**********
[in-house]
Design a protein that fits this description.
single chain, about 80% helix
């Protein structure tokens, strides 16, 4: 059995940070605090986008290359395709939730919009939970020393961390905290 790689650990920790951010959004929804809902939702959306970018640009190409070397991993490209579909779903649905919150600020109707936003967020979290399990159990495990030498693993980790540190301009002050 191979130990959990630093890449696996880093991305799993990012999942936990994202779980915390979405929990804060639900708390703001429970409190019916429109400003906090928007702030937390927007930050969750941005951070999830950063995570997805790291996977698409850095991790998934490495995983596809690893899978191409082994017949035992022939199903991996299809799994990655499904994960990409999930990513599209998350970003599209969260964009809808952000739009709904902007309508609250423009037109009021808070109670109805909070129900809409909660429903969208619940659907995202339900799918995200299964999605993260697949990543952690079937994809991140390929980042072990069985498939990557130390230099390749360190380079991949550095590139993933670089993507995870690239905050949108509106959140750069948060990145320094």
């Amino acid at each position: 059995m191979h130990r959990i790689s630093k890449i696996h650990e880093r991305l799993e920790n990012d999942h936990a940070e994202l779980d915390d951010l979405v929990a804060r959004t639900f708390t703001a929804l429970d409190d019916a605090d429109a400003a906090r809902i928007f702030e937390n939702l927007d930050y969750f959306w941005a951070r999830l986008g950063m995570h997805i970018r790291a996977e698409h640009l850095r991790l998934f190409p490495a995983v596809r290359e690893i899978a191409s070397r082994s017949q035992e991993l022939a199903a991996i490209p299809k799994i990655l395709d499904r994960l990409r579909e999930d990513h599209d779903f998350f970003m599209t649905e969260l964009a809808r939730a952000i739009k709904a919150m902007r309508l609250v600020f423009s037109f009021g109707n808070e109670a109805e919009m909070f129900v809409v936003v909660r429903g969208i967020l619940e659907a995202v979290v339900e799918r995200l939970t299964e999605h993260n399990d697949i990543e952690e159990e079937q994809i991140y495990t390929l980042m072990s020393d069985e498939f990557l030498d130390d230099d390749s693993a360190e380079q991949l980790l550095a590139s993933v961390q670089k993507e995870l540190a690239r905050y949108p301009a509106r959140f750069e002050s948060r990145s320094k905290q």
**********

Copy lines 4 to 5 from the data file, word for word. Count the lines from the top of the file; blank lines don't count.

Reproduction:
């Protein structure tokens, strides 16, 4: 059995940070605090986008290359395709939730919009939970020393961390905290 790689650990920790951010959004929804809902939702959306970018640009190409070397991993490209579909779903649905919150600020109707936003967020979290399990159990495990030498693993980790540190301009002050 191979130990959990630093890449696996880093991305799993990012999942936990994202779980915390979405929990804060639900708390703001429970409190019916429109400003906090928007702030937390927007930050969750941005951070999830950063995570997805790291996977698409850095991790998934490495995983596809690893899978191409082994017949035992022939199903991996299809799994990655499904994960990409999930990513599209998350970003599209969260964009809808952000739009709904902007309508609250423009037109009021808070109670109805909070129900809409909660429903969208619940659907995202339900799918995200299964999605993260697949990543952690079937994809991140390929980042072990069985498939990557130390230099390749360190380079991949550095590139993933670089993507995870690239905050949108509106959140750069948060990145320094």
């Amino acid at each position: 059995m191979h130990r959990i790689s630093k890449i696996h650990e880093r991305l799993e920790n990012d999942h936990a940070e994202l779980d915390d951010l979405v929990a804060r959004t639900f708390t703001a929804l429970d409190d019916a605090d429109a400003a906090r809902i928007f702030e937390n939702l927007d930050y969750f959306w941005a951070r999830l986008g950063m995570h997805i970018r790291a996977e698409h640009l850095r991790l998934f190409p490495a995983v596809r290359e690893i899978a191409s070397r082994s017949q035992e991993l022939a199903a991996i490209p299809k799994i990655l395709d499904r994960l990409r579909e999930d990513h599209d779903f998350f970003m599209t649905e969260l964009a809808r939730a952000i739009k709904a919150m902007r309508l609250v600020f423009s037109f009021g109707n808070e109670a109805e919009m909070f129900v809409v936003v909660r429903g969208i967020l619940e659907a995202v979290v339900e799918r995200l939970t299964e999605h993260n399990d697949i990543e952690e159990e079937q994809i991140y495990t390929l980042m072990s020393d069985e498939f990557l030498d130390d230099d390749s693993a360190e380079q991949l980790l550095a590139s993933v961390q670089k993507e995870l540190a690239r905050y949108p301009a509106r959140f750069e002050s948060r990145s320094k905290q």